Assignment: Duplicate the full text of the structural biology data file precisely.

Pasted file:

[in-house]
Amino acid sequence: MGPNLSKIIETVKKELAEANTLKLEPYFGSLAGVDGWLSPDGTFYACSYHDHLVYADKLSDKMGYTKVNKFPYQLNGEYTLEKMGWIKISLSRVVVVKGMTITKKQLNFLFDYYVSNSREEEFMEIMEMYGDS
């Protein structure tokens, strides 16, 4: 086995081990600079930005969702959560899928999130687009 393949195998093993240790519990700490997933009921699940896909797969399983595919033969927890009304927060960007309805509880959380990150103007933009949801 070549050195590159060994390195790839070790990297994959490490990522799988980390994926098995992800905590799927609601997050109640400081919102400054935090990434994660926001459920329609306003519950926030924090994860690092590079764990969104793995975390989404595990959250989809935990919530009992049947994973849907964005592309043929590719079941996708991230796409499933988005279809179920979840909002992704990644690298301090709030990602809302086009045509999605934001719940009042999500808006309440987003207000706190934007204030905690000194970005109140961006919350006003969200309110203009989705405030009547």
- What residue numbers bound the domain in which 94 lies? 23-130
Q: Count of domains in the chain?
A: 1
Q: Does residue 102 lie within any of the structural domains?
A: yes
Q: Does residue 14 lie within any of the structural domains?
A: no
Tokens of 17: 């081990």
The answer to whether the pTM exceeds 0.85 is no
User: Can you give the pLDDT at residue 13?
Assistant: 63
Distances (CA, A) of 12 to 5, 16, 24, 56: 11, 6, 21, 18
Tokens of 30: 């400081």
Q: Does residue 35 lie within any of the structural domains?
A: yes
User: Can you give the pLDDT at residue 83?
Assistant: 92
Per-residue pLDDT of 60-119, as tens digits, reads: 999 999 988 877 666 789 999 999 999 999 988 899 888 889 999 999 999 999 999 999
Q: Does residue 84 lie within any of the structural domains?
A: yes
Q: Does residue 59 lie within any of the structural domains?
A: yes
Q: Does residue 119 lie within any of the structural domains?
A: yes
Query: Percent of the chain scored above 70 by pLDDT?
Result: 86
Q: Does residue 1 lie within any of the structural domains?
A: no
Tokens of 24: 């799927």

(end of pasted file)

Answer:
[in-house]
Amino acid sequence: MGPNLSKIIETVKKELAEANTLKLEPYFGSLAGVDGWLSPDGTFYACSYHDHLVYADKLSDKMGYTKVNKFPYQLNGEYTLEKMGWIKISLSRVVVVKGMTITKKQLNFLFDYYVSNSREEEFMEIMEMYGDS
């Protein structure tokens, strides 16, 4: 086995081990600079930005969702959560899928999130687009 393949195998093993240790519990700490997933009921699940896909797969399983595919033969927890009304927060960007309805509880959380990150103007933009949801 070549050195590159060994390195790839070790990297994959490490990522799988980390994926098995992800905590799927609601997050109640400081919102400054935090990434994660926001459920329609306003519950926030924090994860690092590079764990969104793995975390989404595990959250989809935990919530009992049947994973849907964005592309043929590719079941996708991230796409499933988005279809179920979840909002992704990644690298301090709030990602809302086009045509999605934001719940009042999500808006309440987003207000706190934007204030905690000194970005109140961006919350006003969200309110203009989705405030009547």
- What residue numbers bound the domain in which 94 lies? 23-130
Q: Count of domains in the chain?
A: 1
Q: Does residue 102 lie within any of the structural domains?
A: yes
Q: Does residue 14 lie within any of the structural domains?
A: no
Tokens of 17: 């081990």
The answer to whether the pTM exceeds 0.85 is no
User: Can you give the pLDDT at residue 13?
Assistant: 63
Distances (CA, A) of 12 to 5, 16, 24, 56: 11, 6, 21, 18
Tokens of 30: 């400081």
Q: Does residue 35 lie within any of the structural domains?
A: yes
User: Can you give the pLDDT at residue 83?
Assistant: 92
Per-residue pLDDT of 60-119, as tens digits, reads: 999 999 988 877 666 789 999 999 999 999 988 899 888 889 999 999 999 999 999 999
Q: Does residue 84 lie within any of the structural domains?
A: yes
Q: Does residue 59 lie within any of the structural domains?
A: yes
Q: Does residue 119 lie within any of the structural domains?
A: yes
Query: Percent of the chain scored above 70 by pLDDT?
Result: 86
Q: Does residue 1 lie within any of the structural domains?
A: no
Tokens of 24: 């799927």